Des Moines has a 'digital twin' that drives development decisions
Des Moines has mapped much of its downtown using 3D technology and is now using it to evaluate how proposed projects would change the city's skyline or block views of the Capitol.
What's happening: DSM's Geographic Information System (GIS) team is creating a "digital twin" of Des Moines using laser light technology to map topography, buildings and even light poles or trees.
- The project received a special achievement award in July from Esri, an international supplier of geographic information system software.
Why it matters: As the technology advances, it could be used in virtually any area of DSM, Erin Olson-Douglas, the city's Development Services Director, said in a presentation to the city council last month.
State of play: The maps are already being used to project structure and tree shadows, helping to better plan public gardens and the locations of signs.
- Private developers can show potential buyers the view from specific units even prior to a building's construction.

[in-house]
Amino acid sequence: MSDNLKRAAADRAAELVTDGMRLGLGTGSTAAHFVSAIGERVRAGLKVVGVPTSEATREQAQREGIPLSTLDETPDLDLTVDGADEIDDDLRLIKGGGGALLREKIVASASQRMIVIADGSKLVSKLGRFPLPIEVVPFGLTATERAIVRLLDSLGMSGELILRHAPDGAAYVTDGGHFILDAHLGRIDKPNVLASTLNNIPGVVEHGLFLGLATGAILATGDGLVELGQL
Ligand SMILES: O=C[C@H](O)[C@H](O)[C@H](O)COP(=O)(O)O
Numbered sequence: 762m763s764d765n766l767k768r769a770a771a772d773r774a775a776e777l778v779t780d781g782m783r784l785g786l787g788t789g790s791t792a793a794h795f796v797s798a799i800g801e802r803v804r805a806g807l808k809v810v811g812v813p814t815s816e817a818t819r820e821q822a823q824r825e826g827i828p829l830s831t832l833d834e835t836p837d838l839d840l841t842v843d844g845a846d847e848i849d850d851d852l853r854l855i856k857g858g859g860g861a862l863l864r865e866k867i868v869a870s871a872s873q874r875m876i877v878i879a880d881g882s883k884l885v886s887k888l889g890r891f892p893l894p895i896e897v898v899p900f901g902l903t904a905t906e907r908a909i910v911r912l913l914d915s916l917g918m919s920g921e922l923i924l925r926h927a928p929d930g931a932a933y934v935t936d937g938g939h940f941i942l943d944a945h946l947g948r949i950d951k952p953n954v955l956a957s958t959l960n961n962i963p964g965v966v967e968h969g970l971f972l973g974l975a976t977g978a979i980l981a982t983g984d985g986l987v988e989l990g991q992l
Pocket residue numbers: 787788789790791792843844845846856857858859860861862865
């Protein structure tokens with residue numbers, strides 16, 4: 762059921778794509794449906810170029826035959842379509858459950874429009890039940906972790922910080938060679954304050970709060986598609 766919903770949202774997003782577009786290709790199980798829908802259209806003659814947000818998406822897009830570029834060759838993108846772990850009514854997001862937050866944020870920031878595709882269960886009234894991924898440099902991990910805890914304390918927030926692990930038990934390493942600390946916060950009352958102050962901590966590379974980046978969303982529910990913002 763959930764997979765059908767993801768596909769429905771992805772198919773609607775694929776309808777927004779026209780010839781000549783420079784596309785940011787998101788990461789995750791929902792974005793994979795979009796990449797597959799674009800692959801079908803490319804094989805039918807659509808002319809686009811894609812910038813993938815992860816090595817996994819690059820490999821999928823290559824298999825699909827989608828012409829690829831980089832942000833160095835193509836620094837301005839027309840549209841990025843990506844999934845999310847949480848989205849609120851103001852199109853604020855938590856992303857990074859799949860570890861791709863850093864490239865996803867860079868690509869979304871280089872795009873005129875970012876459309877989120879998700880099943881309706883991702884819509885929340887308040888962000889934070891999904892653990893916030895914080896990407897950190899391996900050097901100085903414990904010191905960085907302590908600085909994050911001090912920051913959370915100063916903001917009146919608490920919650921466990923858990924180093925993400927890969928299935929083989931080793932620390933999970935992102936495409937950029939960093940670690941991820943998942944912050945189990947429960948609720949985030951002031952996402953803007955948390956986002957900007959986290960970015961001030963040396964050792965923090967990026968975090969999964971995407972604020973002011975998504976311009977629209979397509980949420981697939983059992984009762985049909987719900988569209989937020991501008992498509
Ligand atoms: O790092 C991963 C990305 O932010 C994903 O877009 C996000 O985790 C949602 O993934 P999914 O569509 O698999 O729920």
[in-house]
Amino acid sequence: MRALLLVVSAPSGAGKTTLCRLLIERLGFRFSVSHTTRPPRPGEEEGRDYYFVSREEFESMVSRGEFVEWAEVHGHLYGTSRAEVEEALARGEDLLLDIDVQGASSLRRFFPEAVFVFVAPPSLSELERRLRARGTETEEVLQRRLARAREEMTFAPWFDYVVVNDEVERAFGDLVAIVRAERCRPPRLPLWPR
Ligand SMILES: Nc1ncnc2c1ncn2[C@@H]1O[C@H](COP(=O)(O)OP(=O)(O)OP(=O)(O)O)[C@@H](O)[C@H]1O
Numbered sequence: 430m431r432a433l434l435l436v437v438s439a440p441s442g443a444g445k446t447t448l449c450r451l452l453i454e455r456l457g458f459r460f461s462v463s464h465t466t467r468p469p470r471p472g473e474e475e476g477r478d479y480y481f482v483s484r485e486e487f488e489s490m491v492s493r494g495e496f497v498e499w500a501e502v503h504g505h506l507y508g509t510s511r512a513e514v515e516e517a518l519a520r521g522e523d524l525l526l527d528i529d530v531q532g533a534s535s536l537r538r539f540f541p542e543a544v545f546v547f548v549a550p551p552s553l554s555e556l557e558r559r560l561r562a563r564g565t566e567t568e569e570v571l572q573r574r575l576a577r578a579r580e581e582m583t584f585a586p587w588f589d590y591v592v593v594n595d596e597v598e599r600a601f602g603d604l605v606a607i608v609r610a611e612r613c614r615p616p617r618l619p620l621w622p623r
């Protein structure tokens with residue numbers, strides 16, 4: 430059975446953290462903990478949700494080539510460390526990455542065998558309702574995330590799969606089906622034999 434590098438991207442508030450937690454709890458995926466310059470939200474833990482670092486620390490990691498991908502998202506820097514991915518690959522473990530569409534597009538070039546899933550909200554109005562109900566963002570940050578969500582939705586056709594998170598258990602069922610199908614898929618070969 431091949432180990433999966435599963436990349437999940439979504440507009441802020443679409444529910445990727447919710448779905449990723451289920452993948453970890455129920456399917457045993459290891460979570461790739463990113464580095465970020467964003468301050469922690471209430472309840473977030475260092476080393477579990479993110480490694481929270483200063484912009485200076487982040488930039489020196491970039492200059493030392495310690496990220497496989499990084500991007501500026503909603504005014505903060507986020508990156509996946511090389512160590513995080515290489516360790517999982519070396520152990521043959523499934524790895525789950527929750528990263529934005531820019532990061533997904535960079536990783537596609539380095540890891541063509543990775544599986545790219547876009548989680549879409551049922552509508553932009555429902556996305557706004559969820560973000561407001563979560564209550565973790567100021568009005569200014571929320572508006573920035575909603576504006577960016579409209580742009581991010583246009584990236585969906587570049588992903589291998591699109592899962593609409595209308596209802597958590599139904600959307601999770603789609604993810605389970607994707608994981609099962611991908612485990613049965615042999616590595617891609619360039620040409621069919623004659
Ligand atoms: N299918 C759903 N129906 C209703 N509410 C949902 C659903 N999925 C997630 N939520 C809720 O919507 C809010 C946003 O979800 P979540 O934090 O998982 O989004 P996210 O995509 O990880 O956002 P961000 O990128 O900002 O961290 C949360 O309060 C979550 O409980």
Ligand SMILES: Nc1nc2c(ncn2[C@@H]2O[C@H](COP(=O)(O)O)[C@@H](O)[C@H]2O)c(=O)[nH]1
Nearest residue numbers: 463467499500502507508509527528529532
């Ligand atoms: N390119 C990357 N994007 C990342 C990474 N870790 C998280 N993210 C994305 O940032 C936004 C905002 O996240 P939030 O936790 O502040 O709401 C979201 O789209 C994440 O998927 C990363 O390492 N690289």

Catch up fast: DSM has for decades used a plan known as the "Capitol dominance overlay" to restrict building heights and protect downtown views.
- A zoning update three years ago highlighted a need to better project how the overlay works so it doesn’t unnecessarily inhibit development, Olson-Douglas said.
Of note: Developers of the Market District are being required to submit digital plans for review using the program, Olson-Douglas said.
- The district is part of a former industrial area near the East Village of downtown that is the target of a $750 million redevelopment planned by city and private developers.
What's next: Greater detail and more areas of the city are being added.
- The interactive maps are available to the public.
More Des Moines stories
No stories could be found
Get a free daily digest of the most important news in your backyard with Axios Des Moines.